Baltimore Orioles

Orioles put up late resistance, but Blue Jays continue playoff push with 6-4 win to open season’s final series

TORONTO — Having hampered the Boston Red Sox’s efforts to reach the postseason by winning two of their final three home games against them this week, the Orioles opened their last series of 2021 by continuing to keep the pressure on Boston.

But Friday night at the Rogers Centre, they did so not by playing spoiler, but by doing the opposite, with the Toronto Blue Jays winning 6-4 to remain in the hunt for an American League wild-card spot. The victory allowed Toronto to keep pace with the Red Sox, who beat the Washington Nationals to remain one game ahead of the Blue Jays. The Seattle Mariners entered the day tied with Boston for the second wild-card spot and hosted the Los Angeles Angeles late Friday.


Despite finding themselves on the opposite end of the standings, the Orioles (52-108) earned a series victory against Boston this week to keep the race interesting and seemed poised to threaten the Blue Jays, seeing a slim deficit grow in the middle innings only to nearly erase it in one turn at bat in the eighth. Yet the loss ensures they will finish no better than they did in 2019, Brandon Hyde’s first and only 162-game season as their manager.

“We gave them a run,” Hyde said. “They have to bring their closer in with one out in the eighth, load the bases, the go-ahead run at first base with some really good at-bats. ... I thought we battled back. It was a really good environment tonight, and we were one hit away there from making it really interesting.”


Deploying one last bullpen game in 2021, Baltimore opened with Thomas Eshelman, who retired the first six Toronto batters before allowing a single and a home run by Danny Jansen. Conner Greene and Fernando Abad worked scoreless outings before Brooks Kriske surrendered four runs in the sixth as the Blue Jays broke the game open.

Meanwhile, Toronto left-hander Steven Matz shut down Baltimore for seven innings before Kelvin Gutiérrez continued his season-ending tear with a home run off Matz’s second pitch of the eighth. Tyler Nevin followed with a walk to chase Matz, then Pat Valaika also sent a ball over the left-field fence off Adam Cimber to cut the deficit to three runs.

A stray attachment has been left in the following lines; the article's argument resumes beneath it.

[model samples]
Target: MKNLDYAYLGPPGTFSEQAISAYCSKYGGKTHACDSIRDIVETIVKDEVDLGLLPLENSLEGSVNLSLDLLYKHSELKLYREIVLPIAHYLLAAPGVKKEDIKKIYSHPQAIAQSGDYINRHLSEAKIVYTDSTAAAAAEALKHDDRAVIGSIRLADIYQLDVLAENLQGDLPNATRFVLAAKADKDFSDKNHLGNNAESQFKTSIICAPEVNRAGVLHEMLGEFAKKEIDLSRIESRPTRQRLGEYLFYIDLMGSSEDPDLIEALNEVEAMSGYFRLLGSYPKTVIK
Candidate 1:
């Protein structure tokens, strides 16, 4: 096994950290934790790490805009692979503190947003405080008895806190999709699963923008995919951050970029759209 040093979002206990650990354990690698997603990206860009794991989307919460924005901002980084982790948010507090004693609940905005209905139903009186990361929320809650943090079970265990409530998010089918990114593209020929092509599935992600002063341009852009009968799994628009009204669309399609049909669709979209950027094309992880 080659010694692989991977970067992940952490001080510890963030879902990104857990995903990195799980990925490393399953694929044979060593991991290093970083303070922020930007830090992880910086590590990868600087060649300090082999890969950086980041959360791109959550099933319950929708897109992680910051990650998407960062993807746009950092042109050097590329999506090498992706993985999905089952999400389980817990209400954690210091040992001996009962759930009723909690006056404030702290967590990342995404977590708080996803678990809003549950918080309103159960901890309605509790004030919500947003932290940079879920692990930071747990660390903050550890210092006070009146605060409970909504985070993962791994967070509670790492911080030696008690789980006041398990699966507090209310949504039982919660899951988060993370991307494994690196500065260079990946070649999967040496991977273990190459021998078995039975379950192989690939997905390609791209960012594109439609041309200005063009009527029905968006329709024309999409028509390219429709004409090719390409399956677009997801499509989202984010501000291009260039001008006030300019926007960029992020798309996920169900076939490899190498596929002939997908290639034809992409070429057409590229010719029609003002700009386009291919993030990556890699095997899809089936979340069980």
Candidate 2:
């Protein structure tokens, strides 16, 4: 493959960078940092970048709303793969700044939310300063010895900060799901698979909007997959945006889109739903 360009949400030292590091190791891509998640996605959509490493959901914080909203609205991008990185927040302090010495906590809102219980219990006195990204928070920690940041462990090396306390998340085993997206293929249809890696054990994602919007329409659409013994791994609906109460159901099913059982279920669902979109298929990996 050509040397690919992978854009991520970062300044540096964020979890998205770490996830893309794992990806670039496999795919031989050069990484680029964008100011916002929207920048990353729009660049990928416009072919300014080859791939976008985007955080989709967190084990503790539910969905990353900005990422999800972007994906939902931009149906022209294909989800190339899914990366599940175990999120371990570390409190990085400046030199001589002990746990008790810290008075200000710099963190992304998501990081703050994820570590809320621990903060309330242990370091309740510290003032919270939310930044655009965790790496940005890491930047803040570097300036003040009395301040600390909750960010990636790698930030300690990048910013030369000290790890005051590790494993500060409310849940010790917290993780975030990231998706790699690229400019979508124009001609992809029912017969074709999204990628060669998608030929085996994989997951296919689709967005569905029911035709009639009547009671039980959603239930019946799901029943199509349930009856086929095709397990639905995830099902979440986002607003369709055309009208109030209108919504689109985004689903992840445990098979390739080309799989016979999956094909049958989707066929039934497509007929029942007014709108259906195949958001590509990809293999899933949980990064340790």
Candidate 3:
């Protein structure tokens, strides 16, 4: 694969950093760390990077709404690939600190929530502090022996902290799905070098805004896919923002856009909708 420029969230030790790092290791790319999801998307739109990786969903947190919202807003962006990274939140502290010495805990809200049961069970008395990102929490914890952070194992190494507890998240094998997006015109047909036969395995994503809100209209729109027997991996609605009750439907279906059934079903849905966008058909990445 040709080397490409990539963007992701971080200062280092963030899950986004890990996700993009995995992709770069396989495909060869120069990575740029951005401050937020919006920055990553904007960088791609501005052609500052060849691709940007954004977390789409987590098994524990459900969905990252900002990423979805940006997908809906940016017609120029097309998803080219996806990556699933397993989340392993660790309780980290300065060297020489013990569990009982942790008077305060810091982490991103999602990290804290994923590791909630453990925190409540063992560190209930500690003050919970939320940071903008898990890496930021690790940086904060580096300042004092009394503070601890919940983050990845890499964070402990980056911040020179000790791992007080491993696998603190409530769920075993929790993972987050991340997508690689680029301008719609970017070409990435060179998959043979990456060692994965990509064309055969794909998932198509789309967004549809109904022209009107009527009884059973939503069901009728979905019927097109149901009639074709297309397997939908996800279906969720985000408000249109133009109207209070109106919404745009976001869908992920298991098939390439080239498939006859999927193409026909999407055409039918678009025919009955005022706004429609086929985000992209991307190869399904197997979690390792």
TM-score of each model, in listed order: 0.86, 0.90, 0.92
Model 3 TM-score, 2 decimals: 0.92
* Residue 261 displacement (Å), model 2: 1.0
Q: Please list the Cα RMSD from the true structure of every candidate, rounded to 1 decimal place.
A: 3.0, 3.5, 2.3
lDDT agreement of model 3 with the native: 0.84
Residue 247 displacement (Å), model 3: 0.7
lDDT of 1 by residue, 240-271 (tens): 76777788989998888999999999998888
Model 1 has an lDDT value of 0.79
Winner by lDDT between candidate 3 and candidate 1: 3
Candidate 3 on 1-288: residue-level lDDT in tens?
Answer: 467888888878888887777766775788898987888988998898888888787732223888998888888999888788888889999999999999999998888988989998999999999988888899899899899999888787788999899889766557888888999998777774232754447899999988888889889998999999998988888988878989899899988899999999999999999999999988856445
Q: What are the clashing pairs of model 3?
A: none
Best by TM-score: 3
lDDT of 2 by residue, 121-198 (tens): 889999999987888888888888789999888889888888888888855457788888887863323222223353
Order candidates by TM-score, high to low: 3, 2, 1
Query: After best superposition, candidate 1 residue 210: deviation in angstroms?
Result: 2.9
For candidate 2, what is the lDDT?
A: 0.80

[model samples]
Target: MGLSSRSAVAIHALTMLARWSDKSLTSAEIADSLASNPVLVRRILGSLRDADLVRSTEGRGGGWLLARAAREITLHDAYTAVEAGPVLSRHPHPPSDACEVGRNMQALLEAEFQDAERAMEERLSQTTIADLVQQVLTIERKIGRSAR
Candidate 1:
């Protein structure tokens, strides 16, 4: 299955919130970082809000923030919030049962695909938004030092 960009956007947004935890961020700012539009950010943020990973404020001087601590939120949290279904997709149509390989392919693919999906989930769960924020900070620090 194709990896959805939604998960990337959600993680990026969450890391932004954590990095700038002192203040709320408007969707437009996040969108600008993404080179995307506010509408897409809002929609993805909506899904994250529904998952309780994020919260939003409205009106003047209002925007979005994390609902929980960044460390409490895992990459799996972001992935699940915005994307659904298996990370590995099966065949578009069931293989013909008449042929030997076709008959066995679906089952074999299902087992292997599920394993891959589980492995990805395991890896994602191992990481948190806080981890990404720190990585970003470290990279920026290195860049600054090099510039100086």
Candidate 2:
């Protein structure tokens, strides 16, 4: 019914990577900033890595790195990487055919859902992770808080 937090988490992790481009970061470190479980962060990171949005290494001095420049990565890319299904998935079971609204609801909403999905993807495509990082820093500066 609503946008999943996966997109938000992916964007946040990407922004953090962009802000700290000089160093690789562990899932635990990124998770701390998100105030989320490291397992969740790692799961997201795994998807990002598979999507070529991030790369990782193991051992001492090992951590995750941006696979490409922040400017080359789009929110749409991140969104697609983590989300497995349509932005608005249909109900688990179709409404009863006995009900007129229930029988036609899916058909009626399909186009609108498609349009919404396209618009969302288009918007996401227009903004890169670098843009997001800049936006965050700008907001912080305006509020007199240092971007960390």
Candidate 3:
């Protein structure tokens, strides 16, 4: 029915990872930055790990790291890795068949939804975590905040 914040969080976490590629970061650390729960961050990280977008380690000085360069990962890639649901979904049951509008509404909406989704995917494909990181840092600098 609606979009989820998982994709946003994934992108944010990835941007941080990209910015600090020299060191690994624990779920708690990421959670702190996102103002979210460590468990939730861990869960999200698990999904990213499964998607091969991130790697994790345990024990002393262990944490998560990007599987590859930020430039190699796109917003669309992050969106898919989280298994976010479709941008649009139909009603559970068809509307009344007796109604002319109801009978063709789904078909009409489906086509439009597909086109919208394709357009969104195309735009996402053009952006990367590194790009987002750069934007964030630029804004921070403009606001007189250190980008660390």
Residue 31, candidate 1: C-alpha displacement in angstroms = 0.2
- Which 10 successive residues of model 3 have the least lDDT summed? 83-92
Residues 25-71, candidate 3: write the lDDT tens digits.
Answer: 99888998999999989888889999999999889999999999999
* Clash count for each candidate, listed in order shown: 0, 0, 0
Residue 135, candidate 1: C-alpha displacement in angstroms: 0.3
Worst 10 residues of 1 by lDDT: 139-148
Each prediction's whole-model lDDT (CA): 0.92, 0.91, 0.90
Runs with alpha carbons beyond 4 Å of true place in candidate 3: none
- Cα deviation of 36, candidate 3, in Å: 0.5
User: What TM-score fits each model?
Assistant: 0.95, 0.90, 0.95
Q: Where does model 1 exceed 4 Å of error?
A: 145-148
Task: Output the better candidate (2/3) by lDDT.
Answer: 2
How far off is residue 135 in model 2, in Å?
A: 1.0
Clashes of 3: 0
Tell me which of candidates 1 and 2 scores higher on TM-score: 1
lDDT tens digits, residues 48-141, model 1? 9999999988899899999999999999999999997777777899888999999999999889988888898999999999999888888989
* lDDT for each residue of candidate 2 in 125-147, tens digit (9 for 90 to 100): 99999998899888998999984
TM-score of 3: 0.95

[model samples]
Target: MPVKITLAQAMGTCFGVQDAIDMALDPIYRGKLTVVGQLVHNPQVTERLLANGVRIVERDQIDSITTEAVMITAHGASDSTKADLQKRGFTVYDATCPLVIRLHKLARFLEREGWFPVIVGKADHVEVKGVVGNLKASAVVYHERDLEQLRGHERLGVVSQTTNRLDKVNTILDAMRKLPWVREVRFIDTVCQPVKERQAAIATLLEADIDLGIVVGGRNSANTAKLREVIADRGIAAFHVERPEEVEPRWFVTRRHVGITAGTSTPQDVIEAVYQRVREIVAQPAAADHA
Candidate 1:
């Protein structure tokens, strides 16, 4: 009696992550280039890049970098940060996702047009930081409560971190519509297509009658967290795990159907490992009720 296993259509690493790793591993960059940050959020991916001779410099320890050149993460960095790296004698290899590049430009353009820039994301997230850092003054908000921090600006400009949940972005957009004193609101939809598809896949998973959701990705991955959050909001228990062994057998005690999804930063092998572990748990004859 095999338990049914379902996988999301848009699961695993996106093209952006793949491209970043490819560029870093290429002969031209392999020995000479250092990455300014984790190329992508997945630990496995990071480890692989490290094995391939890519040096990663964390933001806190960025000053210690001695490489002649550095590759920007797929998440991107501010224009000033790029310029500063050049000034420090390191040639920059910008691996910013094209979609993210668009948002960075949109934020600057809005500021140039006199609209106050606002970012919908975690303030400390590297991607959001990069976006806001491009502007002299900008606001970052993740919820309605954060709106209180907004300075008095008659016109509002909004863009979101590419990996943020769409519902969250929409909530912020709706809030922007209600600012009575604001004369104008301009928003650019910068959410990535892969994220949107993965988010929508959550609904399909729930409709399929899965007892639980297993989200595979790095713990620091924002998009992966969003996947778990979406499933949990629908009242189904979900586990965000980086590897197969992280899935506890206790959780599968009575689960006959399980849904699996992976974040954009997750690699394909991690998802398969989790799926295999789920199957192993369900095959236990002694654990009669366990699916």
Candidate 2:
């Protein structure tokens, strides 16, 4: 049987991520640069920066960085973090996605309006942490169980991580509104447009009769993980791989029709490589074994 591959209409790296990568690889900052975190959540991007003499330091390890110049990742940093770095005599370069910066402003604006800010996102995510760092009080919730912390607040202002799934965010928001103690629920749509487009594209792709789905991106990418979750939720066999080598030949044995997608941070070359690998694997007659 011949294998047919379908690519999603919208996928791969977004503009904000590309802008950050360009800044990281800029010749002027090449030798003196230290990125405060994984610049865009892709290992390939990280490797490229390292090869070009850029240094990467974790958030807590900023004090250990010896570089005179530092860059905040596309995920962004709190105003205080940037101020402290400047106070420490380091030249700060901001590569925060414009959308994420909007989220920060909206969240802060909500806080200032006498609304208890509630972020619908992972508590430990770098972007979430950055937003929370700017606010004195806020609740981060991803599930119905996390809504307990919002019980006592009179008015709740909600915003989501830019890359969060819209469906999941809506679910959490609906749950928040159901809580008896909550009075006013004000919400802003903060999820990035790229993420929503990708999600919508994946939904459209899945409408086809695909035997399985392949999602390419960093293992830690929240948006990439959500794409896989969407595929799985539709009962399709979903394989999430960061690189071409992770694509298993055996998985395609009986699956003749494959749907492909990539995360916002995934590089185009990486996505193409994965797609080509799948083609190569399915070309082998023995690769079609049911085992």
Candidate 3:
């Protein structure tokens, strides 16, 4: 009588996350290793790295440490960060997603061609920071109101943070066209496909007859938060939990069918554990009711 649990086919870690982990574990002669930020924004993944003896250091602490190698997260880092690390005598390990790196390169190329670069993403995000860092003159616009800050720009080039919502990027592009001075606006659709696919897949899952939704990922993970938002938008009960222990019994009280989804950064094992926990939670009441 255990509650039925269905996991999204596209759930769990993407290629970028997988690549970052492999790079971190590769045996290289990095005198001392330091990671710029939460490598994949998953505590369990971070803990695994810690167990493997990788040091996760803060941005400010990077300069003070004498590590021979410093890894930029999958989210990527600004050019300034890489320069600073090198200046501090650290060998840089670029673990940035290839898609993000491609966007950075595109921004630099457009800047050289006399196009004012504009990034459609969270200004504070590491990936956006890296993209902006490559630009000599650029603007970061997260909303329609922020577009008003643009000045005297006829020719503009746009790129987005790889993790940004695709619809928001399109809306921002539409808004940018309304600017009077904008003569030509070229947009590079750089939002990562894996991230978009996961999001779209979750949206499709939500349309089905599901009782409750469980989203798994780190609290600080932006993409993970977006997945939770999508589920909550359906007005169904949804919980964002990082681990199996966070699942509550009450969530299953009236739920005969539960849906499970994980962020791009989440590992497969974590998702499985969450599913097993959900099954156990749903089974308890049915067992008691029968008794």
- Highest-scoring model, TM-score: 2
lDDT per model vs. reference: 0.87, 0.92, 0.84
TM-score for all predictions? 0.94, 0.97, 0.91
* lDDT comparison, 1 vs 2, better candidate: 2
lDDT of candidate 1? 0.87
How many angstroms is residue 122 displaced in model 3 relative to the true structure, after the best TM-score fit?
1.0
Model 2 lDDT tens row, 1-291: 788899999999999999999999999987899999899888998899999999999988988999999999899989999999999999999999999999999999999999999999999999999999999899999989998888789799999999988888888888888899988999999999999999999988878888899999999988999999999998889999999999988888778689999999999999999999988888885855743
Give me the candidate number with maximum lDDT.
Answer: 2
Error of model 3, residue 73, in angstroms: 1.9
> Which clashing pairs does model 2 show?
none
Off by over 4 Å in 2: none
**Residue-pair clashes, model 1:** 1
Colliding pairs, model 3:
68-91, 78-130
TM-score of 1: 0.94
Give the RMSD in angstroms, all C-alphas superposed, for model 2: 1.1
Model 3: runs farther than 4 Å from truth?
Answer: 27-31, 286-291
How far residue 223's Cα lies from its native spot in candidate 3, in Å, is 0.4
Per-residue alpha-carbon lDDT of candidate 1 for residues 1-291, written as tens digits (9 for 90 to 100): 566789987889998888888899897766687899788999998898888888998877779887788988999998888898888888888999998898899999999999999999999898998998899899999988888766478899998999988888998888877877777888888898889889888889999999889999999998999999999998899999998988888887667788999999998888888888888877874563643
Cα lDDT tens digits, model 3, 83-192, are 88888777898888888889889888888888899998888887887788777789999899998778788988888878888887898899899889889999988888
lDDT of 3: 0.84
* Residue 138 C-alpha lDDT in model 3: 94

When Cedric Mullins and Ryan Mountcastle reached base against Cimber to bring up the tying run, Toronto turned to closer Jordan Romano. He surrendered an RBI single to Trey Mancini and loaded the bases for Gutiérrez’s second plate appearance of the frame, but Baltimore’s third baseman grounded out to his opposite number to end the threat. Romano worked a clean ninth for the five-out save.

Austin’s arm

After spending September as one of the Orioles’ top producers with the bat, Austin Hays’ first contribution of September came with his arm.

With runners on the corners and one out in the fifth, AL Most Valuable Player candidate Vladimir Guerrero Jr. lofted Kriske’s first offering to Hays in right. He caught it and fired home, but the throw was initially ruled late to get Cavan Biggio at home. But when Hyde called the Orioles’ instant replay crew to get their vantage point, he was quickly persuaded to challenge the call.

“Our boys in the video room were pretty confident; they yelled at me on the phone to challenge it,” Hyde said. “So I kind of know from the tone of their voice whether they’re confident or not. If it’s kind of a, ‘Eh, you might as well go ahead and challenge it,’ I know we’re probably going to lose it. If it’s screaming at me immediately when I call, then I think we have a good shot.”

The call was indeed reversed, giving Hays his team-leading ninth outfield assist. He said he’s seen teams be less aggressive against his arm at the season’s gone on, but plays such as Friday’s typically require “a perfect throw,” so he expects to keep being tested on them.

“If I miss up the line even two feet right there or the ball’s two feet higher, the runner’s safe,” Hays said. “Situations like that, I think they’re going to continue to push the envelope and be aggressive and I just got to continue to make accurate, consistent throws.”


Diaper Dandies

The Orioles had some fun before their final road trip of the season with all their rookies donning similar attire as they left Camden Yards one last time, the dress-up a common practice around the league. Baltimore’s managed to be unique.

A photo posted to social media late Friday showed many of the Orioles’ rookies in white T-shirts and diapers, with some of them wearing what appeared to be beaks. The theme was “Baby Birds,” said Mancini, who came up with the attire alongside pitchers John Means and Cole Sulser.

“Some people were like, ‘What the hell is this?,’ and I was like, ‘Oh God, people aren’t getting it,” Mancini said. “I was in charge of purchasing all the outfits. We were gonna get actual baby costumes, but we ordered adult diapers instead. It was questionable.”

Hyde said the players involved seemed to enjoy themselves.

“These guys showcased their bodies,” Hyde said. “I think ‘interesting’ is the right word.”

Roster move

The Orioles recalled right-hander Isaac Mattson for their bullpen game and optioned Alexander Wells to Triple-A. Wells made his final start of the year Thurdsay night.



Saturday, 3:07 p.m.

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